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Michigan Medical Malpractice Laws Violate Constitutional Rights

June 22, 2009
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So, I have done some research over the weekend about the consitutional right to have access to the courts.  It may seem like an arbitrary thing to do, but it really bothers me that Michigan, unlike a few other states, would set financial parameters for basic citizens entering courts.

I checked out the prices over the weekend for medical specialists who would need to sign an affidavit of merit, and here is what I found:

  1. Mayo Clinic:  Joanne says that the docs charge $1,000/hour or $6,000/day, but they can’t talk to me, the doctors “don’t get involved in that stuff,” and she hung up on me.
  2. On-line Consulting Group:  says their docs charge $1,000 just to  look at records, and about the same for hourly rate, but they only talk to lawyers
  3. On-line Med Mal referral:  says they charge $1,000/inch of medical records to review, and I couldn’t get a firm quote on an hourly rate

My initial research shows that this type of referral needed to enter the court isn’t anywhere near the average person’s price range, and then we are still in the dilemma of having to pay thousands of dollars to get to see a judge.  It’s been a humiliating experience, and people seem unaccountably angry with me for contacting them.  Mayo Clinic had the rudest staff out of all of them, and they have the most bureaucracy, but they told me that they wouldn’t even respond in writing, because according to Joanne:  “that’s just too much effort for me…”  Yeah, so Mayo may be one of the top clinics, but they sure don’t have top points for polite staff.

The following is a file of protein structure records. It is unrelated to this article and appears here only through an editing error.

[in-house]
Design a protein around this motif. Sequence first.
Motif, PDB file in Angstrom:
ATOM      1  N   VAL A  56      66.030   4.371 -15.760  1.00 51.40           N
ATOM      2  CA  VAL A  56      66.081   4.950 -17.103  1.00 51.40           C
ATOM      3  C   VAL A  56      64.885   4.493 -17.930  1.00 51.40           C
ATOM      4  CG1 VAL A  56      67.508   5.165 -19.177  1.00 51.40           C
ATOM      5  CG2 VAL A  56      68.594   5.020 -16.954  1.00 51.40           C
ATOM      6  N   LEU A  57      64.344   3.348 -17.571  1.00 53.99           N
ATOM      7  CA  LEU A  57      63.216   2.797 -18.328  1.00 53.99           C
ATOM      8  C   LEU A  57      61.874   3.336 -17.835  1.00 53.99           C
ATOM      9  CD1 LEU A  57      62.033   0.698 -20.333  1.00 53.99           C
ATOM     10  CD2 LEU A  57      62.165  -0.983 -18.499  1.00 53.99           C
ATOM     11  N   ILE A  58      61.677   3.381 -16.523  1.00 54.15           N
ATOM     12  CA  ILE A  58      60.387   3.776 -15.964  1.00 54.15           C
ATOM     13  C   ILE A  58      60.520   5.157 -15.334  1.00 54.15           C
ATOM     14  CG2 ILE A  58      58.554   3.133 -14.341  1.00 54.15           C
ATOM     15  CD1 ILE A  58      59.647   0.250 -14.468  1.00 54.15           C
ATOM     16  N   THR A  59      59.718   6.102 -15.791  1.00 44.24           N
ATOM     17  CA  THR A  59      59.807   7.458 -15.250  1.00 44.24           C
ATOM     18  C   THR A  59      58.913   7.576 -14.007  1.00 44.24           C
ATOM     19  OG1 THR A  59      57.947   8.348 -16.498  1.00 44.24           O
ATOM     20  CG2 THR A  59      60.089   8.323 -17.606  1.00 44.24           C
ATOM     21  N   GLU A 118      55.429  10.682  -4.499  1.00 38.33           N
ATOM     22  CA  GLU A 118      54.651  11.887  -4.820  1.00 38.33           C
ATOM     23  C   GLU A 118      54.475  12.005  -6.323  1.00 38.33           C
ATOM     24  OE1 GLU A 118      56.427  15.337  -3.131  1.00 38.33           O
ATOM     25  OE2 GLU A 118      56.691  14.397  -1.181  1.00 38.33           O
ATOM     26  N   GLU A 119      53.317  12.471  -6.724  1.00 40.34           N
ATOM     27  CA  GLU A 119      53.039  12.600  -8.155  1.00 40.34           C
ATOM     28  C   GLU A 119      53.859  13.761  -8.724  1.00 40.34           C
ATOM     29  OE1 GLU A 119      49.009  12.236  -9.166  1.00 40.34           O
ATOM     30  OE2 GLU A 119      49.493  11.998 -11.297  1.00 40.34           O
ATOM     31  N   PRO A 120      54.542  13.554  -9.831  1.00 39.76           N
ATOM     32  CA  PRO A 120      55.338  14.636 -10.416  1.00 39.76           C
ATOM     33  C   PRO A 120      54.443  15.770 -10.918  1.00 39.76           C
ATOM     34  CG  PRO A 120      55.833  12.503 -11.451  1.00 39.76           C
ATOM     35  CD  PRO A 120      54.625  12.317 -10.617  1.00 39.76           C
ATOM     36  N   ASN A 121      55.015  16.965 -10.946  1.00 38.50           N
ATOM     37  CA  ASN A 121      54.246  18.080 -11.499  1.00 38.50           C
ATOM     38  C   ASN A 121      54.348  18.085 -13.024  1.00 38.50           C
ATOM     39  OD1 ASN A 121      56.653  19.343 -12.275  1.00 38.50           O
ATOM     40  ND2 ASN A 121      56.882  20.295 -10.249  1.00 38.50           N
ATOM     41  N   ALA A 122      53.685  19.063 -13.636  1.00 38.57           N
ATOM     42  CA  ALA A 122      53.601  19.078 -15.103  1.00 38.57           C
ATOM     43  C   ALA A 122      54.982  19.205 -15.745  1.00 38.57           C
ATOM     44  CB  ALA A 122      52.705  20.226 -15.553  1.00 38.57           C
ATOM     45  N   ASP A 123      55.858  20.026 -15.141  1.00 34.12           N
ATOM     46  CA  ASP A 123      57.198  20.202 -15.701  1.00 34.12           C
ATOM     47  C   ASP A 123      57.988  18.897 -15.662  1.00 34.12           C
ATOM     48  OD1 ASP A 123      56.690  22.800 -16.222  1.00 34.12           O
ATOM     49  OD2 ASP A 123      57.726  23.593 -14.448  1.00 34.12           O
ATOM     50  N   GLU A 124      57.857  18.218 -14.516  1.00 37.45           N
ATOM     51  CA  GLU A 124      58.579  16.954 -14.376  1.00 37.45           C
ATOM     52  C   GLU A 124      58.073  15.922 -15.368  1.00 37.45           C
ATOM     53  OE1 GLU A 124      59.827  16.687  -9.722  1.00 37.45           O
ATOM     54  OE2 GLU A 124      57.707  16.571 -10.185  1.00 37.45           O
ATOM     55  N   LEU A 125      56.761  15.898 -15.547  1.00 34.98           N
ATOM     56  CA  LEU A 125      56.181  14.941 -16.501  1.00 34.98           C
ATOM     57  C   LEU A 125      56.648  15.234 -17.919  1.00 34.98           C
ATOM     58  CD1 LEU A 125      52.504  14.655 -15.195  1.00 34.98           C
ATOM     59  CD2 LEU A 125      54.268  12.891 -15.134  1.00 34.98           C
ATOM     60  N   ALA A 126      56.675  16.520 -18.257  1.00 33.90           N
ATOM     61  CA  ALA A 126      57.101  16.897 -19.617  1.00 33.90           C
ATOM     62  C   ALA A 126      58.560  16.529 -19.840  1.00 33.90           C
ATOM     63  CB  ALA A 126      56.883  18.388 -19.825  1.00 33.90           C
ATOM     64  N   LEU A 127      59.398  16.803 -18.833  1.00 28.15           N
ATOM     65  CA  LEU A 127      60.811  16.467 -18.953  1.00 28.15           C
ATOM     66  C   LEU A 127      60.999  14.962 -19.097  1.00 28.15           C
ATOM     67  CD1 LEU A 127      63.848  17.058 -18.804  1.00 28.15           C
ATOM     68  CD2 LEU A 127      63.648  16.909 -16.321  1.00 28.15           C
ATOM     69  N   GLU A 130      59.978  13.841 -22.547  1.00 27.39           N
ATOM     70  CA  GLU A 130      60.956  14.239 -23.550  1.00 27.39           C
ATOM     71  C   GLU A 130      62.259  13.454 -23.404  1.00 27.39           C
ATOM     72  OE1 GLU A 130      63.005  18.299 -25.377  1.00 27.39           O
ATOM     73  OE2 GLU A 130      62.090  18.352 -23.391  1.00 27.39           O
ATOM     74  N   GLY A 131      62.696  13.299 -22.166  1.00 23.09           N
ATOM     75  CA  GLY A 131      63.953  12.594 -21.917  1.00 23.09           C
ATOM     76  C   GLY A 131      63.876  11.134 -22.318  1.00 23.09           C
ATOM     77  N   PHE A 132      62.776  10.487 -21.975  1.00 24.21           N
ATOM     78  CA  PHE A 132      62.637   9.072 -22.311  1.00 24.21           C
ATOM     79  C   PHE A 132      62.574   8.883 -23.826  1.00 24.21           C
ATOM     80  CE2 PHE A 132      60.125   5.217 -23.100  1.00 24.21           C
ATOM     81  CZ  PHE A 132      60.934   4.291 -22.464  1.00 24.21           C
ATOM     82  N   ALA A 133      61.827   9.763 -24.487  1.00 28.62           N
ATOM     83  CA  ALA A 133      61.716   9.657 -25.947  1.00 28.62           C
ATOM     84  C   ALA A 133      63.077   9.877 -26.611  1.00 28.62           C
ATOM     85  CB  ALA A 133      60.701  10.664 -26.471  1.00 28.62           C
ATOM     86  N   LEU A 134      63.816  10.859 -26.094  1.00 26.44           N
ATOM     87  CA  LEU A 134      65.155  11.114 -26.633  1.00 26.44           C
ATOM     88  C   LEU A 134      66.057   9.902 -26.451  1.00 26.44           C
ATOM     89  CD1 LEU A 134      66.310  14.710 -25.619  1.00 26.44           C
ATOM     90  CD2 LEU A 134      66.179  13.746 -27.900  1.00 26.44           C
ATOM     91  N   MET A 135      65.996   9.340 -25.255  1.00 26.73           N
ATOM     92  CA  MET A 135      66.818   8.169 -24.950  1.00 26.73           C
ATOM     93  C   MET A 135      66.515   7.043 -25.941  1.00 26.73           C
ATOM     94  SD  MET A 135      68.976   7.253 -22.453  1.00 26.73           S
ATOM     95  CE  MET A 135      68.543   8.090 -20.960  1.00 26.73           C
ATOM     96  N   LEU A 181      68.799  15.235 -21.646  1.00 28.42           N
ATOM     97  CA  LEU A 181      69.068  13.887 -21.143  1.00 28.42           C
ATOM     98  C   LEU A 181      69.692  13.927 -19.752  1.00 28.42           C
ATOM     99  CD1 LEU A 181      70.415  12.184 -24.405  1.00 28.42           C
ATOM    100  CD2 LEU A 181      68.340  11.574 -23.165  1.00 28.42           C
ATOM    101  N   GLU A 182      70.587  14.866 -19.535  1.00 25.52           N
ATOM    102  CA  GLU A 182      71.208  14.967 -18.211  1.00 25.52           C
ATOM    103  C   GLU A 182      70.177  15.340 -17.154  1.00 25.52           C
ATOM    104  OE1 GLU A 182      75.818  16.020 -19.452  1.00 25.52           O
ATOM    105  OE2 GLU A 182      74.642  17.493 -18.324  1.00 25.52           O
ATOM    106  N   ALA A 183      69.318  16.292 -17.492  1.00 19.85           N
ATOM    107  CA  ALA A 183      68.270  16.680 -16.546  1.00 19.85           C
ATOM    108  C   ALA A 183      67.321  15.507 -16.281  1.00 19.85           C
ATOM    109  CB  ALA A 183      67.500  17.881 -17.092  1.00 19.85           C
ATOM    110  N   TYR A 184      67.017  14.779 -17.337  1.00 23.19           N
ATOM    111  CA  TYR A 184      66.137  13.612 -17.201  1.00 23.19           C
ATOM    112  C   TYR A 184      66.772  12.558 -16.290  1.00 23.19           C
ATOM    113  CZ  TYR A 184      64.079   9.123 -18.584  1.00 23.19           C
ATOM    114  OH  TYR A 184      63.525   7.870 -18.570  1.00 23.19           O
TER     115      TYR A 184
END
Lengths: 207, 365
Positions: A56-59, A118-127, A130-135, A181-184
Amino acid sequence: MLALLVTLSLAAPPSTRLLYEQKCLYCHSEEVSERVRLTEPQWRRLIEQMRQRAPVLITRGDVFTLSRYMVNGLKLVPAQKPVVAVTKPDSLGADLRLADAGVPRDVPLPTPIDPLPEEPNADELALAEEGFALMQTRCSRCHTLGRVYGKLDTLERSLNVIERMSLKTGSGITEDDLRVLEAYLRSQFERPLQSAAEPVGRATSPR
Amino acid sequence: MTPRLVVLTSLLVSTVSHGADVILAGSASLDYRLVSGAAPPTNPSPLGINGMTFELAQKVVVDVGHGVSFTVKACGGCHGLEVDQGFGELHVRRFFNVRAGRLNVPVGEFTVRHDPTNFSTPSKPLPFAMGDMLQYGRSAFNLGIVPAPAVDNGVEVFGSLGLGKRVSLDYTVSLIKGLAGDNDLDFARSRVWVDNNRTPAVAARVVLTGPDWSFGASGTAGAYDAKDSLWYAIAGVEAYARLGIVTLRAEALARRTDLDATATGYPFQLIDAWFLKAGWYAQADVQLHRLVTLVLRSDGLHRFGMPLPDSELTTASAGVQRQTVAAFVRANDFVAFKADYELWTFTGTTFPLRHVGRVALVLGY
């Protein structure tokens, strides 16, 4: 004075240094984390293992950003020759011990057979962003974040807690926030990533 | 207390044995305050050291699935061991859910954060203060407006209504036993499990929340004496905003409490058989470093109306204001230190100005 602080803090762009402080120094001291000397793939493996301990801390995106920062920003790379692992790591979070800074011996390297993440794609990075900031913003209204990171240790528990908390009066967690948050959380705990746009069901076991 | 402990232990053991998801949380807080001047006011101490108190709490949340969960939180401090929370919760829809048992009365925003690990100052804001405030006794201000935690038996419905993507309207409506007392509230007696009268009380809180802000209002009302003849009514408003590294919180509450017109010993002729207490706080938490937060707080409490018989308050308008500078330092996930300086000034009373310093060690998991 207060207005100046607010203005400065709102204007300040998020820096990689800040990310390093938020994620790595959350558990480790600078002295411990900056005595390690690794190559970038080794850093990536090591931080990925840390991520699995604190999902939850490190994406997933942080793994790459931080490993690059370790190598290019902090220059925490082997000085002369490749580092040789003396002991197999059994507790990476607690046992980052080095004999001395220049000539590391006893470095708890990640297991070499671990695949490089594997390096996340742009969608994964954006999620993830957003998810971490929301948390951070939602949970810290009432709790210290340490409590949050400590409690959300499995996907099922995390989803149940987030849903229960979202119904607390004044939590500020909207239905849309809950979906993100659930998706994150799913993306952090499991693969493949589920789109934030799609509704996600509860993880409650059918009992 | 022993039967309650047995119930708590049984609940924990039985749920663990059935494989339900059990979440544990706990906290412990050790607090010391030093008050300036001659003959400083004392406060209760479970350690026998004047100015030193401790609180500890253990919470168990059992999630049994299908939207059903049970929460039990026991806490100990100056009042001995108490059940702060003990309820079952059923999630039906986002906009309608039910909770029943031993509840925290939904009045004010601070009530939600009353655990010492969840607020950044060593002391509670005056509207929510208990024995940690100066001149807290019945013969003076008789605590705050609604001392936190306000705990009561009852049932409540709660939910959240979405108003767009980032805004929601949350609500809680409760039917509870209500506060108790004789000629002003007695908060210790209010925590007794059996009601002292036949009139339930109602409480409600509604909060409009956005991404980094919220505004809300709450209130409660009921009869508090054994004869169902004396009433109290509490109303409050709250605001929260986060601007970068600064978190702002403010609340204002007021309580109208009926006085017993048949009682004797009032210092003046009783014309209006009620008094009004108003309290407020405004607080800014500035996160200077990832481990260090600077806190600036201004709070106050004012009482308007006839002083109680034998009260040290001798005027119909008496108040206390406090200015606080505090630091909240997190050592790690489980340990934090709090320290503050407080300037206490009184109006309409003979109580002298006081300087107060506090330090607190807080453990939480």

I am still finding other laws that support my theory that making a plaintiff (or injured patient) pay up to $10,000 to have someone review records and write a report is unconstitutional.  In fact, when I checked the MI Tort Law Reform book, the one case that they cite occurred in West Virginia, not Michigan.  And now, in MI, judges, who have received thousands of dollars in campaign funds from health care groups, state that injured patients must pay a doctor to say they can go to court.  Now, to find out which states have overturned these rulings… Stay tuned!

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